The bees: I’m worried about them and yet hopeful that they will settle in this fall and manage to make it through the winter. The “Boy” hive is doing well as the new queen is laying eggs and the evidence of a healthy brood along with presence of reserves for the winter are a good indication that their well populated hive has a good chance of overwintering. The “Girl” hive, so productive initially, is a bit questionable since it was determined to re-queen itself and kept this initiative up for more weeks than I would have liked. Their determination may have just come to fruition as the last time I looked they had allowed a young queen to emerge and I can only hope she had enough time to get well mated. The eggs laid in October and November are the bees that will take the colony into next spring. I am feeding both hives weekly and every day that is sunny and warm is another day that they are able to fly about and further their purposes. I plan to make an inspection tomorrow and see what the status is in both hives. If there is no egg production from the new queen in the girl hive, I may combine the two to hedge my bets for next year.

Re bees: A quick thank you to cousin Michelle (Brotemarkle clan) for sending an interesting article on bees from their local Virginia newspaper. I’ve been trying to get the link to work here but so far no luck! Bee info always welcome…thanks, Michelle!!!

I have also been able to get some knitting done in the early evenings provided by the fall equinox. Here is my latest Bohus knitted sweater, the famous Blue Shimmer design, which I started during the summer Olympics and look forward to wearing this fall. IMG_0724.jpgCoulter, 18 months old today, is also on the receiving end of knitted goods as I made him a hat with a Polar Bear tassel as an homage to our weekly visits to the zoo where we admire the morning swim of Kali, the polar bear. Here he is modeling it while wearing a sweater I knitted several years ago for little Jack and has been passed along for Cal to wear!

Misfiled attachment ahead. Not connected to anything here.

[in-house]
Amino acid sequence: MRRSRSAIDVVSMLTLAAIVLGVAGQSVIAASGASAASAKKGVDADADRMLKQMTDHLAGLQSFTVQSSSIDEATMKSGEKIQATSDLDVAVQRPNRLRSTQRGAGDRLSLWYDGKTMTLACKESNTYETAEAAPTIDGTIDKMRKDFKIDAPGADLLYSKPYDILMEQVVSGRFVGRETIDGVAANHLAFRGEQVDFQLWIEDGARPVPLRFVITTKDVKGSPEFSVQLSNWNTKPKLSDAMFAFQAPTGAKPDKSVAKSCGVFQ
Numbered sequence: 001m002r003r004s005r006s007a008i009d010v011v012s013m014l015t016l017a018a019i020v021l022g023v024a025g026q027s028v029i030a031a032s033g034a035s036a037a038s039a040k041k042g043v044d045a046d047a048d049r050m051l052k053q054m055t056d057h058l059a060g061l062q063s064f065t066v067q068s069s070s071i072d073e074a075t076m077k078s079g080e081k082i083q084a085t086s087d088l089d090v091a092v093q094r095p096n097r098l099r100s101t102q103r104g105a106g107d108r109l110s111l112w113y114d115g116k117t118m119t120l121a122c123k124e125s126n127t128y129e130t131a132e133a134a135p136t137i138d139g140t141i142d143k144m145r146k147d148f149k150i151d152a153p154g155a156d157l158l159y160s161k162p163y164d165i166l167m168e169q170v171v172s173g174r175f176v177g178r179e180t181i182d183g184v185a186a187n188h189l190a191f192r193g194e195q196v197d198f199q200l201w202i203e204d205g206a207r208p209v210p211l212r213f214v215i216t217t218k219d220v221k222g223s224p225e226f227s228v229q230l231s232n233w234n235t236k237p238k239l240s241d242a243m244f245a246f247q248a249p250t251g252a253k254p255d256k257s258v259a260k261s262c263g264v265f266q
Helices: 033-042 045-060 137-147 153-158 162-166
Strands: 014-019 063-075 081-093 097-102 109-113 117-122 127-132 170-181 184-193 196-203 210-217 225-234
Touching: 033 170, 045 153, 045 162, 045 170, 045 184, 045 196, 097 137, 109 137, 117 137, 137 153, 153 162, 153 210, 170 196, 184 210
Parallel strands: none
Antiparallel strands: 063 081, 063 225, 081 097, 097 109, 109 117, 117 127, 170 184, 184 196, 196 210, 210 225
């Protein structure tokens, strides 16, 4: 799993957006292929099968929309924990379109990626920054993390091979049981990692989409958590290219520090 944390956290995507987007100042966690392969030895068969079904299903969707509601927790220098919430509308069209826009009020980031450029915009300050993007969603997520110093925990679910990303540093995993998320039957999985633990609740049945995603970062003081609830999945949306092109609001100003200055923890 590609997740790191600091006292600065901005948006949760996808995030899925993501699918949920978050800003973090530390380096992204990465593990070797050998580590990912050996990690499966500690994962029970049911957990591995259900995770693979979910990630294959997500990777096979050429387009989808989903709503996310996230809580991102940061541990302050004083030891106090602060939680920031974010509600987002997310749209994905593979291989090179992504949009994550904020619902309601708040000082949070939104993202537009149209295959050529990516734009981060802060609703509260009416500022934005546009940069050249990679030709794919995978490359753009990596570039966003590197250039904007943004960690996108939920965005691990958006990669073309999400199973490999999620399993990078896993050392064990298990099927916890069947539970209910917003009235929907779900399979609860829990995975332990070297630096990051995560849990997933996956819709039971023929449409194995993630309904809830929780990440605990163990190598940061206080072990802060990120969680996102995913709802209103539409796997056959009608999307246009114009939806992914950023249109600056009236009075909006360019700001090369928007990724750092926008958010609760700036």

Other fall adventures for him include tractor riding at the Kirkwood farmers’ market… IMG_0558.JPGAnd celebrating with his dad – Coach Jason – as his JBS team garnered runner up in the Volley Ball district finals last week. Whoo hoo! I made a lemon cake for the occasion with a volley ball net as a silly decoration!  Photo Oct 20, 6 45 11 PM.jpg



Citizen Scientist…Aha!

The chickens have been on my mind a lot lately for several reasons and I feel as if I’ve put a good deal of energy – both mentally and physically – into their status recently.

I was waiting for the weather to break a bit in order to add more sand to their run since we had put less in that section than I had originally intended. Their indoor space, aka the coop, had the original sand which was spread to about 3 inches deep on top of a concrete floor that has a sewer drain for periodic cleaning. Shortly after the chicks were given access to their outdoor run, we added a load of sand there on top of the dirt base but had always intended to add more. After experimenting with sand, I see it as the perfect foundation for both the run and the coop provided there are periodic additions of other things such as vines, grasses and sprouts.